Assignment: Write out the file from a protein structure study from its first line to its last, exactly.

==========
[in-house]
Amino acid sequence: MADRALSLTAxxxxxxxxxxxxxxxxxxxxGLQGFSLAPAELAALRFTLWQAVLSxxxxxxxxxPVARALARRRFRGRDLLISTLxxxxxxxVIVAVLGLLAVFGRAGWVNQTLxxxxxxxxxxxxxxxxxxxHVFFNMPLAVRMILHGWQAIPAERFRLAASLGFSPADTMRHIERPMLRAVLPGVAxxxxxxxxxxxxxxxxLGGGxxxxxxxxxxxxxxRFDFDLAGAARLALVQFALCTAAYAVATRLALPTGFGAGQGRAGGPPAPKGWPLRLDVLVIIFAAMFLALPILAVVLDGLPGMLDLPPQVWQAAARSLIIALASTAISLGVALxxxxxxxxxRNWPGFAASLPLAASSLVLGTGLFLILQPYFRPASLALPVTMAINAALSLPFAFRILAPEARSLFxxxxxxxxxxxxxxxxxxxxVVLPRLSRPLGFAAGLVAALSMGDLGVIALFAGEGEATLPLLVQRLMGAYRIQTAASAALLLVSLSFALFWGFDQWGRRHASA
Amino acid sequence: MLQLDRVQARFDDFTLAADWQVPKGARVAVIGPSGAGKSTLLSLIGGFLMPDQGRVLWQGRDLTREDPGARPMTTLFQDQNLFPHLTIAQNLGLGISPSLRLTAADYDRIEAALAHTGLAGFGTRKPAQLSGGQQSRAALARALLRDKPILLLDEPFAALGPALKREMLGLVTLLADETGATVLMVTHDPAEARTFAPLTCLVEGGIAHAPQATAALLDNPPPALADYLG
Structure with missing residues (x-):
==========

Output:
[in-house]
Amino acid sequence: MADRALSLTAxxxxxxxxxxxxxxxxxxxxGLQGFSLAPAELAALRFTLWQAVLSxxxxxxxxxPVARALARRRFRGRDLLISTLxxxxxxxVIVAVLGLLAVFGRAGWVNQTLxxxxxxxxxxxxxxxxxxxHVFFNMPLAVRMILHGWQAIPAERFRLAASLGFSPADTMRHIERPMLRAVLPGVAxxxxxxxxxxxxxxxxLGGGxxxxxxxxxxxxxxRFDFDLAGAARLALVQFALCTAAYAVATRLALPTGFGAGQGRAGGPPAPKGWPLRLDVLVIIFAAMFLALPILAVVLDGLPGMLDLPPQVWQAAARSLIIALASTAISLGVALxxxxxxxxxRNWPGFAASLPLAASSLVLGTGLFLILQPYFRPASLALPVTMAINAALSLPFAFRILAPEARSLFxxxxxxxxxxxxxxxxxxxxVVLPRLSRPLGFAAGLVAALSMGDLGVIALFAGEGEATLPLLVQRLMGAYRIQTAASAALLLVSLSFALFWGFDQWGRRHASA
Amino acid sequence: MLQLDRVQARFDDFTLAADWQVPKGARVAVIGPSGAGKSTLLSLIGGFLMPDQGRVLWQGRDLTREDPGARPMTTLFQDQNLFPHLTIAQNLGLGISPSLRLTAADYDRIEAALAHTGLAGFGTRKPAQLSGGQQSRAALARALLRDKPILLLDEPFAALGPALKREMLGLVTLLADETGATVLMVTHDPAEARTFAPLTCLVEGGIAHAPQATAALLDNPPPALADYLG
Structure with missing residues (x-):